basic excise duty not permissible - Modus operandi adopted by
      respondent, not correct - Tribunal decision in 2007 (207) E.L.T.
      673 (Tribunal) contrary to law and per incuriam - Subsequent
      orders following said decision not laying down correct law -
      Impugned order allowing refund, set aside - Rule 3 of Cenvat
      Credit Rules, 2004. [paras 6, 7, 8]
    5.The respondents are engaged in the manufacture of printed
    corrugated cartons and printed duplex cartons falling under Tariff Item
    Nos. 4819.12 and 4819.19 of the First Schedule of the Central Excise
    Tariff Act, 1985. The respondents filed refund claims by way of self
    credit for various amounts as indicated in the above chart on account of
    central excise duty paid through PLA for the months specified in the
    chart claiming the same in terms of the Notification No. 56/2002-C.E.,
    dated 14-11-2002. The adjudicating authority held that Cenvat credit of
    basic excise duty available to the party cannot be utilised for payment of
    education cess as per the provision of sub-rule 7(b) of Rule 3 of the
    Cenvat Credit Rules, 2004 which provides that the credit of education
    cess on excisable goods and education cess on taxable service can be


                                   Page 14 of 21
    utilised either for payment on education cess on excisable goods or for
    payment of education cess on taxable services. It was further held by
    the adjudicating authority that the respondents had circumvented the
    payment of the amount of cess from PLA to the Cenvat credit amount of
    basic excise duty to claim the refund of the amounts. In the appeal
    before the Commissioner (Appeals), the said orders have been set aside
    while following the decision of the Tribunal in Sun Pharmaceutical
    Industries v. C.C.E., Jammu reported in 2007 (207) E.L.T. 673 = 2008
    (11) S.T.R. 93 (T). The orders of the adjudicating authority have been
    set aside and refund has been allowed.
    6.The short point for consideration which arises in all these
    matters is whether the credit availed out of payment of central
    excise duty could have been utilised for payment of cess while
    availing the benefit under the said Notification No. 56/2002-C.E., dated
    14-11-2002, therefore, refund could have been claimed.

    7.The issue, in fact, has been elaborately discussed in the matter of
    C.C.E., Jammu v. Jindal Drugs Ltd. reported in 2010 (97) RLT ON LINE
    13. Even otherwise, the provision of law either as it stood in the
    year 2005 or even today does not permit the payment of cess by
    utilising cenvat credit availed on payment of excise duty as the
    provision of law comprised under sub-rule 7(b) of Rule 3
    specifically makes the provision regarding the utilisation of the
    cenvat credit. It specifically provides that the credit of the education
    cess on excisable goods and education cess on taxable services can be
    utilised, either for payment of the education cess on excisable goods or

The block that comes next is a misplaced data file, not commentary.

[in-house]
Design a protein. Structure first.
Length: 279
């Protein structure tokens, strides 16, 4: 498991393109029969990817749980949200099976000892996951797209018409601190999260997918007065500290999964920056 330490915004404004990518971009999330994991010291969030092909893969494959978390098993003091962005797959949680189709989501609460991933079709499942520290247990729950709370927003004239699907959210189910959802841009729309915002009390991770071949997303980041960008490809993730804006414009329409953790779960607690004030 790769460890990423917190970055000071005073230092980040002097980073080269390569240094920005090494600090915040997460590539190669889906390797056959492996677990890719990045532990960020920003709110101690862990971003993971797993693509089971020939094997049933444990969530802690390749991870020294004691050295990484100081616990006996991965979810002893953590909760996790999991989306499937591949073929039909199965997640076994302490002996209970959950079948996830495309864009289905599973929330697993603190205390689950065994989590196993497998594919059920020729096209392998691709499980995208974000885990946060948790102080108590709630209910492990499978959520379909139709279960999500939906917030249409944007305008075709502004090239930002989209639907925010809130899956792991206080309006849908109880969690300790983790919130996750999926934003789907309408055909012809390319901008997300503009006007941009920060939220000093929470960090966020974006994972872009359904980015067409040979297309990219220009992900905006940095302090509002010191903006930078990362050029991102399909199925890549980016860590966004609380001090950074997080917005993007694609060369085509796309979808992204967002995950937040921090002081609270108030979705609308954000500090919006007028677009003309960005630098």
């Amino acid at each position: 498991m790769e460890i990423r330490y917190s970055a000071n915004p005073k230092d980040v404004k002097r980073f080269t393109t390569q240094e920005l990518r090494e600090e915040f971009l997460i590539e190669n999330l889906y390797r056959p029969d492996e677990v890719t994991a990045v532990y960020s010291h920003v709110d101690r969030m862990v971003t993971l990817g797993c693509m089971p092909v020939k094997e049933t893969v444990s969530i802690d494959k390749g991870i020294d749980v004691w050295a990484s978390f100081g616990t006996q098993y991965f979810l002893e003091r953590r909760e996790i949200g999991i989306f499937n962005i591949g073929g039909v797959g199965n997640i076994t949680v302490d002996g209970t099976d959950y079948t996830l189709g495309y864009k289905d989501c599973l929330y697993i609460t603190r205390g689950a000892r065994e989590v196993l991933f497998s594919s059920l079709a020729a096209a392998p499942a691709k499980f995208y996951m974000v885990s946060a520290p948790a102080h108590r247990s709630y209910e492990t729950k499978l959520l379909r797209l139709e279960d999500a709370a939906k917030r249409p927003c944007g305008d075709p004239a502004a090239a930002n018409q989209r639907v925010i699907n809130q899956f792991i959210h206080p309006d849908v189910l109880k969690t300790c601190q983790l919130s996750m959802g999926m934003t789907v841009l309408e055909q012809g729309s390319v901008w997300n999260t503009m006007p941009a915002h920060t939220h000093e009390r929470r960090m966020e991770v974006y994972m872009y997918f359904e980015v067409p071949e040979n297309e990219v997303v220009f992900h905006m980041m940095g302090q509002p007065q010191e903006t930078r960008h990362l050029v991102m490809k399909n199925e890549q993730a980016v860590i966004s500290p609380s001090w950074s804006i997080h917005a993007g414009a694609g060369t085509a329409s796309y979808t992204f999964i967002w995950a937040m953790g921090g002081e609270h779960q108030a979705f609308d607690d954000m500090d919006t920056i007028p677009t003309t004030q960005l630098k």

for payment of education cess on taxable services. In fact, the provision
    thereunder expressly used the expression respectively while referring to
    the utilisation of cess on a particular item to be utilised on a specified
    item. This clearly shows that the modus operandi adopted by the
    respondents was not correct in relation to the utilisation of the
    cenvat credit while availing the benefit of Notification No. 56/2002,
    dated 14-11-2002.
    8.It is true that in Sun Pharmaceutical Industries case, it was held that
    sub-rule 7(b) of Rule 3 makes it clear that limitation placed in view of
    utilisation of cenvat credit obtained through education cess paid on
    inputs and that the said sub-rule has no application at all in regard to
    utilisation of basic excise duty, the observation, however, runs counter
    to the provision of law and therefore, the decision will have to be
    held as per in curiam. All the subsequent orders based on Sun
    Pharmaceutical Industries case, therefore, do not lay down the
    correct proposition of law. In fact, this aspect has already been dealt
    with in detail in Jindal Drugs Ltd. case. Considering the above, therefore,
    the impugned order cannot be sustained and is liable to be set aside and
    the orders passed by the adjudicating authority are to be restored.
    Hence, the appeals succeed and are allowed. The impugned order is set
    aside and the orders passed by the adjudicating authority are restored
    with consequential effect”


      In the aforesaid landmark judgment, the Hon’ble President of Tribunal has
held that Cenvat credit cannot be utilized for payment of education cesses. He
further went on to add that all orders passed based on M/s. Sun Pharmaceuticals
Industries case, wherein it was held that cess is also a kind of excise duty, do
not lay down correct position of the law and also decisions passed on the basis of
the decision in the case of M/s. Sun Pharmaceuticals Industries has to held to
have been passed per in curiam, The noticee in the instant case also predicated
their defense on the decision of M/s. Sun Pharmaceuticals and therefore the




                                   Page 15 of 21
same cannot be attached any significance in light of the judgment of the Tribunal
in the case of M/s. Bharat Box Factory Ltd. supra.


      In view of the above discussion, as also         the clear cut law position
enshrined in sub-rules (4) and (7) of Rule 3 of the Cenvat Credit Rules, 2004,     I
find that the noticee could not have utilized the Cenvat credit of the basic excise